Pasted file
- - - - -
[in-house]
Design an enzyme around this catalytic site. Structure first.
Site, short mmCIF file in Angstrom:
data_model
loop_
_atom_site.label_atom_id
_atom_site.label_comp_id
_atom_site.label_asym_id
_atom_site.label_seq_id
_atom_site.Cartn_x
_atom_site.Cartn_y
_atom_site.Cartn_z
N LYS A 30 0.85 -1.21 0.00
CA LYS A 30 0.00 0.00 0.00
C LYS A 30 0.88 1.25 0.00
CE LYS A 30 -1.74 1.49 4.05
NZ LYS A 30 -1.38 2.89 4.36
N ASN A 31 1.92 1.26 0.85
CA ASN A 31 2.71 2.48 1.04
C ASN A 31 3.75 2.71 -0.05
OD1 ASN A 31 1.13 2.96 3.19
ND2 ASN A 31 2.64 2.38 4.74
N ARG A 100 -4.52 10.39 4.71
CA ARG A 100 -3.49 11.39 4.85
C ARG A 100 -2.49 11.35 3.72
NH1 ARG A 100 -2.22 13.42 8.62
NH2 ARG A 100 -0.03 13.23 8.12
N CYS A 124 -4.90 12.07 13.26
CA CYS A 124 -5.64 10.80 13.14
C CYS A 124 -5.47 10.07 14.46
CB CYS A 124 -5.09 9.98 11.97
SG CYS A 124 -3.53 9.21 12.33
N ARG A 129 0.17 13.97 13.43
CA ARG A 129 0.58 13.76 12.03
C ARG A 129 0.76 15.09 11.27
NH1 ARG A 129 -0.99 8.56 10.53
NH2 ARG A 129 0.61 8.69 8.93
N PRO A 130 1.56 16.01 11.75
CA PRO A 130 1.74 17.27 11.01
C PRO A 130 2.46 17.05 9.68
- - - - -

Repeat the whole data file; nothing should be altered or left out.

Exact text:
[in-house]
Design an enzyme around this catalytic site. Structure first.
Site, short mmCIF file in Angstrom:
data_model
loop_
_atom_site.label_atom_id
_atom_site.label_comp_id
_atom_site.label_asym_id
_atom_site.label_seq_id
_atom_site.Cartn_x
_atom_site.Cartn_y
_atom_site.Cartn_z
N LYS A 30 0.85 -1.21 0.00
CA LYS A 30 0.00 0.00 0.00
C LYS A 30 0.88 1.25 0.00
CE LYS A 30 -1.74 1.49 4.05
NZ LYS A 30 -1.38 2.89 4.36
N ASN A 31 1.92 1.26 0.85
CA ASN A 31 2.71 2.48 1.04
C ASN A 31 3.75 2.71 -0.05
OD1 ASN A 31 1.13 2.96 3.19
ND2 ASN A 31 2.64 2.38 4.74
N ARG A 100 -4.52 10.39 4.71
CA ARG A 100 -3.49 11.39 4.85
C ARG A 100 -2.49 11.35 3.72
NH1 ARG A 100 -2.22 13.42 8.62
NH2 ARG A 100 -0.03 13.23 8.12
N CYS A 124 -4.90 12.07 13.26
CA CYS A 124 -5.64 10.80 13.14
C CYS A 124 -5.47 10.07 14.46
CB CYS A 124 -5.09 9.98 11.97
SG CYS A 124 -3.53 9.21 12.33
N ARG A 129 0.17 13.97 13.43
CA ARG A 129 0.58 13.76 12.03
C ARG A 129 0.76 15.09 11.27
NH1 ARG A 129 -0.99 8.56 10.53
NH2 ARG A 129 0.61 8.69 8.93
N PRO A 130 1.56 16.01 11.75
CA PRO A 130 1.74 17.27 11.01
C PRO A 130 2.46 17.05 9.68